Seven archdiocesan schools win national Blue Ribbons

By Michelle Martin | Staff writer
October 11, 2018

Students and faculty at St. Francis de Sales School in Lake Zurich celebrate their second Blue Ribbon award on Oct. 5. The students in the first row are holding signs that say, “We won our 2nd Blue Ribbon.” (Karen Callaway/Chicago Catholic)

Seven archdiocesan elementary schools learned that they had been 2018 Blue Ribbon schools by the U.S. Department of Education, bringing the total number of Blue Ribbons bestowed on archdiocesan schools since the program’s 1982 beginning to 102.

That’s the most Blue Ribbons awarded to any school system, private or public, in the country. Thirty schools have been recognized in the last five years.

“I am continually amazed at the quality and vibrancy of our Catholic schools,” said Jim Rigg, superintendent of Catholics Schools. “The criteria for a Blue Ribbon Award are incredibly rigorous. Schools must not only demonstrate that they are academically excellent, but that they offer a breadth of enriching programs that serve different types of learners. The fact that we have so many Blue Ribbon Awards, both this year and historically, bespeaks the strength of Catholic education in the archdiocese. I couldn’t be more proud of our schools.”

This year’s awards went to Cardinal Joseph Bernardin Elementary School, Orland Hills; Queen of All Saints School, 6230 N. Lemont Ave.; Sacred Heart School, Winnetka; St. Bede School, Ingleside; St. Francis de Sales School, Lake Zurich; St. Francis Xavier School, Wilmette; and St. Therese Chinese Catholic School, 247 W. 23rd St.

They were among 349 schools to be recognized nationally.

All seven schools were recognized under the category of “Exemplary High Performing Schools,” meaning the schools are among the state’s highest performing schools as measured by state assessments or nationally normed tests. Five of them have earned the honor before: Cardinal Joseph Bernardin (2008), Queen of All Saints (2008), St. Francis de Sales (2007), St. Francis Xavier (2012) and St. Therese (2011).  

Mary Iannucilli, principal at Cardinal Joseph Bernardin School, said the award recognizes the efforts of the entire school community.

“It’s an award for the staff and students and especially our families who support Catholic education,” said Iannucilli, who has been at the school for 11 years.

It recognizes the school’s commitment to educating “the whole child, intellectually, spiritually, emotionally and physically” and to continued improvement, she said.

In recent years, Cardinal Joseph Bernardin has increased its emphasis on service, with a monthly project benefitting Port Ministries on the South Side in addition to other efforts, and now has Chromebooks for each student.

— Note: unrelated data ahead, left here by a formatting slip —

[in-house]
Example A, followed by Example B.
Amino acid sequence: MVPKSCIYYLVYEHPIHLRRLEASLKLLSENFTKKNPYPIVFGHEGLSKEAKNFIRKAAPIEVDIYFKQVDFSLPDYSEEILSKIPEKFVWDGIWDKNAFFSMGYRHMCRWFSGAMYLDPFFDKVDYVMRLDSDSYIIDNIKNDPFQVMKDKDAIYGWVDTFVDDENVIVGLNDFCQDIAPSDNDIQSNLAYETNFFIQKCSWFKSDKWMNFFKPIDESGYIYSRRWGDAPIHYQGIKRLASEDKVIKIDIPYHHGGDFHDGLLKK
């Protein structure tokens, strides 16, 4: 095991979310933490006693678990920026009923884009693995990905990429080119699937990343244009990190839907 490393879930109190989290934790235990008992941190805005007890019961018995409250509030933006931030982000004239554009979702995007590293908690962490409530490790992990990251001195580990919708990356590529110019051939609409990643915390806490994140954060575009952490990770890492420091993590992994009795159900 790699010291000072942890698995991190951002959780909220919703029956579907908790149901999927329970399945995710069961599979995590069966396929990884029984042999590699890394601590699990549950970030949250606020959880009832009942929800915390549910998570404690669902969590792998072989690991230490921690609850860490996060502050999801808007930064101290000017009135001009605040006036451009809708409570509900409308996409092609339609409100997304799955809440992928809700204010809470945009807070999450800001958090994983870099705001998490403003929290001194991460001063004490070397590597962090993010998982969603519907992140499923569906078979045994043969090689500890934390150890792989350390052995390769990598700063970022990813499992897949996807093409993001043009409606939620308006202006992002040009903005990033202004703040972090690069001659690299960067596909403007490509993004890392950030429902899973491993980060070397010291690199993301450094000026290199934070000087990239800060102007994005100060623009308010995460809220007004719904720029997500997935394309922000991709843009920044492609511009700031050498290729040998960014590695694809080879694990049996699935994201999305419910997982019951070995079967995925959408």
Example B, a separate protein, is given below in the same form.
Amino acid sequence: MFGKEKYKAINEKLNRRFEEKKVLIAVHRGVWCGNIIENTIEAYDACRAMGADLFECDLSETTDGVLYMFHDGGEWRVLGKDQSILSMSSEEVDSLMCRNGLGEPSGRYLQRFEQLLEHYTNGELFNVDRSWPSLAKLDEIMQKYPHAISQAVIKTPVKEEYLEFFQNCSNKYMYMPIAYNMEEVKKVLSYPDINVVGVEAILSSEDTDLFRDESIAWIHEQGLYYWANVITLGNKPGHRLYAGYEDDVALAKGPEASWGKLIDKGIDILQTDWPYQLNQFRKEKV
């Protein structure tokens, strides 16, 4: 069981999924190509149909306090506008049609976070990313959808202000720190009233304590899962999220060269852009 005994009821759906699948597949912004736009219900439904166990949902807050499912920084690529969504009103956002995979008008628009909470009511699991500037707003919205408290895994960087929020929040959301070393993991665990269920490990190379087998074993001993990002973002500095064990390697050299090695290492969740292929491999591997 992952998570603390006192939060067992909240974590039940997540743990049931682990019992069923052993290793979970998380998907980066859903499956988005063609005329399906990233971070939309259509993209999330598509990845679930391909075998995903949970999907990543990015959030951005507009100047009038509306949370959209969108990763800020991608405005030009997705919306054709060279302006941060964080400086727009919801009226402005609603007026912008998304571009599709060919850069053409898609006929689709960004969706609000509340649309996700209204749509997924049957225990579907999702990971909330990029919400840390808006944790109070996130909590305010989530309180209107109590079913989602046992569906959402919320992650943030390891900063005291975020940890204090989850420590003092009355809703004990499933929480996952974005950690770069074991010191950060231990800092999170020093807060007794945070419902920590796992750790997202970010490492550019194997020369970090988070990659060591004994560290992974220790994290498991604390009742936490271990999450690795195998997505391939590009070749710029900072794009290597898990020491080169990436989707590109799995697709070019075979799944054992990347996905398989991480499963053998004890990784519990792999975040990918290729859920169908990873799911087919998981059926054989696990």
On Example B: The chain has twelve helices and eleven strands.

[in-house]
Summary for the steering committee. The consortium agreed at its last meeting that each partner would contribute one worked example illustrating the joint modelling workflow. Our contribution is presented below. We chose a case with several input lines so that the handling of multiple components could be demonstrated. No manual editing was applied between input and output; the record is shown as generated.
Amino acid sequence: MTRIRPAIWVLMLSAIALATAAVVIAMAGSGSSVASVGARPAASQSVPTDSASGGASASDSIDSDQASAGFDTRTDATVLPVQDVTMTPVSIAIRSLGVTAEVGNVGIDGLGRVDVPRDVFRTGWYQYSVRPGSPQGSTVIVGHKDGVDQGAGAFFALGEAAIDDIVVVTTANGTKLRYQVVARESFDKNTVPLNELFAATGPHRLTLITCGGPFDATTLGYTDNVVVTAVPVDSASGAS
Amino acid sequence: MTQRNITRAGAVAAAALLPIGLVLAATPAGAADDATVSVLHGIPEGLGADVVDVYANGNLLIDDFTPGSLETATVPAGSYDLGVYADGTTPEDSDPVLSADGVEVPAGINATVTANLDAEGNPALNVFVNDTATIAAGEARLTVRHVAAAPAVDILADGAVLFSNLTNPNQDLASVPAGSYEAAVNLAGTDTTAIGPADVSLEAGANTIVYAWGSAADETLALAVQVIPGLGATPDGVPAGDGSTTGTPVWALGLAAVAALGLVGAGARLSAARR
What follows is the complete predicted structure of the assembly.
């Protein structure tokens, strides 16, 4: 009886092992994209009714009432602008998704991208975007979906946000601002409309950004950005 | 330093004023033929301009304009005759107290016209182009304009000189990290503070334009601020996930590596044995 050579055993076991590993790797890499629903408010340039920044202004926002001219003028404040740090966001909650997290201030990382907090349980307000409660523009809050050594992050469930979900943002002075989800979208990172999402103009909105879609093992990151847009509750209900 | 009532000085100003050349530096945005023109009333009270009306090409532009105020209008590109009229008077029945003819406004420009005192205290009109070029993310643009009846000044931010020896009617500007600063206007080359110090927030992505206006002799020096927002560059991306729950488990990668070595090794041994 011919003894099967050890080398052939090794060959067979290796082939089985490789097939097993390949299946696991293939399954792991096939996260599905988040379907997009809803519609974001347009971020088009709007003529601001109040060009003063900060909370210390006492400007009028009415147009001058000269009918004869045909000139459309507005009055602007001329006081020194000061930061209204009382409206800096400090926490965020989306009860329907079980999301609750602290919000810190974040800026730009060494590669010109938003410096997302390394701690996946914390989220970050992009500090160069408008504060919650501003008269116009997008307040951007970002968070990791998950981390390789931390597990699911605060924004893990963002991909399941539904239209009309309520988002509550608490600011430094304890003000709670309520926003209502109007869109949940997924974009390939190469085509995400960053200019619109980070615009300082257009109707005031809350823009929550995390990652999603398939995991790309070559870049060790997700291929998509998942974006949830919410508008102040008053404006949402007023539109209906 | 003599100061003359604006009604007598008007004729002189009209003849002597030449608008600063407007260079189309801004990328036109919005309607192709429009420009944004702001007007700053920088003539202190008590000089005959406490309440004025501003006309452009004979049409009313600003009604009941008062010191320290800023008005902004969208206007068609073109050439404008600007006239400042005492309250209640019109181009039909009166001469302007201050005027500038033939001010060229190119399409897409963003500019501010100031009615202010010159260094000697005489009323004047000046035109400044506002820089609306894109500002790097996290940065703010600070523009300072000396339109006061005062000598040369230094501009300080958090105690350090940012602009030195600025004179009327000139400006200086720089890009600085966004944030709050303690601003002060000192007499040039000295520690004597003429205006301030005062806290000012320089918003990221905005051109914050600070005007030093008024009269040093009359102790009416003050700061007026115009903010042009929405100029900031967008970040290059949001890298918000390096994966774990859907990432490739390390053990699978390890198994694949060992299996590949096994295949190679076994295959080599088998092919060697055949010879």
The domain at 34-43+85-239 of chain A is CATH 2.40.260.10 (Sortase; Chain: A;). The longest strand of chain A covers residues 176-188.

This year, it was able to renovate the library and media center, including an update of the broadcast room, from which students read the daily announcements, she said.

Kristina Reyes, principal at Queen of All Saints, said her school emphasizes building on a strong curriculum and foundation in its Catholic faith.

“Queen of All Saints has a long tradition of embracing a strong core curriculum coupled with our vigor to introduce new methods of learning ensure that we educate our children with a mindful view of the world and their place within it,” she said.

“The administration, teachers, staff, students and families believe that, with Catholic teaching as its foundation, we create an environment where all are valued and encouraged to strive for success in their academic, social, service-oriented and extracurricular endeavors.”

Lisa Deborah Oi, principal at St. Therese School, said the Blue Ribbon recognizes that the school “strives for academic excellence in a nurturing, caring environment.”

Oi became principal this year after serving as a teacher and assistant principal at St. Therese since 1997.

Located in the heart of Chinatown, the school’s enrollment is 70 percent Asian and it offers multi-lingual education in Spanish and Mandarin. Students take accelerated math classes, with middle school students working at a high school level.

While those things set the school apart, she said, what makes the school most special “is based on our patron, St. Therese. Everything we do, we do with love.”

That means teachers get to know not only the students but also their families — “parents, grandparents, aunties and uncles” – from the time they enter preschool at 3 years old to the time they graduate from eighth grade.

“Because of that, they are able to address all the needs of the student,” she said.


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  • blue ribbon award

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